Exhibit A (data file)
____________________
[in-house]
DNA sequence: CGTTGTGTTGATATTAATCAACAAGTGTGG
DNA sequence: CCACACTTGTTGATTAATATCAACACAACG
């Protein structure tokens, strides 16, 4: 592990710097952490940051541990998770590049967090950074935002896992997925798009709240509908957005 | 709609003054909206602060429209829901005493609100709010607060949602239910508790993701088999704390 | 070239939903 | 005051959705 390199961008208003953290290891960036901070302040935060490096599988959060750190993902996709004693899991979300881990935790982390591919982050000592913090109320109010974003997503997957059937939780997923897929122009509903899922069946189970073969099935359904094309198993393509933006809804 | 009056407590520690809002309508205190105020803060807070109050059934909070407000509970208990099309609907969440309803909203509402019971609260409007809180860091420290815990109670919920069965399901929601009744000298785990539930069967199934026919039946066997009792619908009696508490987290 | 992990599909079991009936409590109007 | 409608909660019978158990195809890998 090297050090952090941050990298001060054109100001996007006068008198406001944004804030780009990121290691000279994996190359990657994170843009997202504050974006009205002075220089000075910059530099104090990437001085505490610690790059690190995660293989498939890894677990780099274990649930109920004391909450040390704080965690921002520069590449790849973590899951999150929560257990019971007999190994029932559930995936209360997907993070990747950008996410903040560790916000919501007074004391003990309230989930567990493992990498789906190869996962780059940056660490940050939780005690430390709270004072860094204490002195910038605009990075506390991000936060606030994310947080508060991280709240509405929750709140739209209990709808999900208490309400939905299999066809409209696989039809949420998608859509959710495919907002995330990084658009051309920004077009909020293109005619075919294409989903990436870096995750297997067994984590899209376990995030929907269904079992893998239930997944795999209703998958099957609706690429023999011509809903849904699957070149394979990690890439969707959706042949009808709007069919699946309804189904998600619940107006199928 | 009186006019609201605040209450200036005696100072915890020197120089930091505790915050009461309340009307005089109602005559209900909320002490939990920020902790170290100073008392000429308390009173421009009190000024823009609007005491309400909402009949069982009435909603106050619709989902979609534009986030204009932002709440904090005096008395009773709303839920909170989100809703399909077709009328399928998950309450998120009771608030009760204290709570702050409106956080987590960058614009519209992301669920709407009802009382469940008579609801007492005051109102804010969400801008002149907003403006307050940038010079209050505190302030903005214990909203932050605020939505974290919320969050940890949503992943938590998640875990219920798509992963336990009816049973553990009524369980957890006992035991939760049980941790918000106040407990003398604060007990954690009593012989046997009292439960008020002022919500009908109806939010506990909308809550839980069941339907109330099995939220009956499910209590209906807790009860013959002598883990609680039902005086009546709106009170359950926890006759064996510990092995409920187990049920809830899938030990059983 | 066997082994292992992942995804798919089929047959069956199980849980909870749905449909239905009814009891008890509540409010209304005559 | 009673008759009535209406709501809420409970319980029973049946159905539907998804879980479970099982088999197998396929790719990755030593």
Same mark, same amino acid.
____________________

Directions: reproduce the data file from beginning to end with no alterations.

[in-house]
DNA sequence: CGTTGTGTTGATATTAATCAACAAGTGTGG
DNA sequence: CCACACTTGTTGATTAATATCAACACAACG
């Protein structure tokens, strides 16, 4: 592990710097952490940051541990998770590049967090950074935002896992997925798009709240509908957005 | 709609003054909206602060429209829901005493609100709010607060949602239910508790993701088999704390 | 070239939903 | 005051959705 390199961008208003953290290891960036901070302040935060490096599988959060750190993902996709004693899991979300881990935790982390591919982050000592913090109320109010974003997503997957059937939780997923897929122009509903899922069946189970073969099935359904094309198993393509933006809804 | 009056407590520690809002309508205190105020803060807070109050059934909070407000509970208990099309609907969440309803909203509402019971609260409007809180860091420290815990109670919920069965399901929601009744000298785990539930069967199934026919039946066997009792619908009696508490987290 | 992990599909079991009936409590109007 | 409608909660019978158990195809890998 090297050090952090941050990298001060054109100001996007006068008198406001944004804030780009990121290691000279994996190359990657994170843009997202504050974006009205002075220089000075910059530099104090990437001085505490610690790059690190995660293989498939890894677990780099274990649930109920004391909450040390704080965690921002520069590449790849973590899951999150929560257990019971007999190994029932559930995936209360997907993070990747950008996410903040560790916000919501007074004391003990309230989930567990493992990498789906190869996962780059940056660490940050939780005690430390709270004072860094204490002195910038605009990075506390991000936060606030994310947080508060991280709240509405929750709140739209209990709808999900208490309400939905299999066809409209696989039809949420998608859509959710495919907002995330990084658009051309920004077009909020293109005619075919294409989903990436870096995750297997067994984590899209376990995030929907269904079992893998239930997944795999209703998958099957609706690429023999011509809903849904699957070149394979990690890439969707959706042949009808709007069919699946309804189904998600619940107006199928 | 009186006019609201605040209450200036005696100072915890020197120089930091505790915050009461309340009307005089109602005559209900909320002490939990920020902790170290100073008392000429308390009173421009009190000024823009609007005491309400909402009949069982009435909603106050619709989902979609534009986030204009932002709440904090005096008395009773709303839920909170989100809703399909077709009328399928998950309450998120009771608030009760204290709570702050409106956080987590960058614009519209992301669920709407009802009382469940008579609801007492005051109102804010969400801008002149907003403006307050940038010079209050505190302030903005214990909203932050605020939505974290919320969050940890949503992943938590998640875990219920798509992963336990009816049973553990009524369980957890006992035991939760049980941790918000106040407990003398604060007990954690009593012989046997009292439960008020002022919500009908109806939010506990909308809550839980069941339907109330099995939220009956499910209590209906807790009860013959002598883990609680039902005086009546709106009170359950926890006759064996510990092995409920187990049920809830899938030990059983 | 066997082994292992992942995804798919089929047959069956199980849980909870749905449909239905009814009891008890509540409010209304005559 | 009673008759009535209406709501809420409970319980029973049946159905539907998804879980479970099982088999197998396929790719990755030593």
Same mark, same amino acid.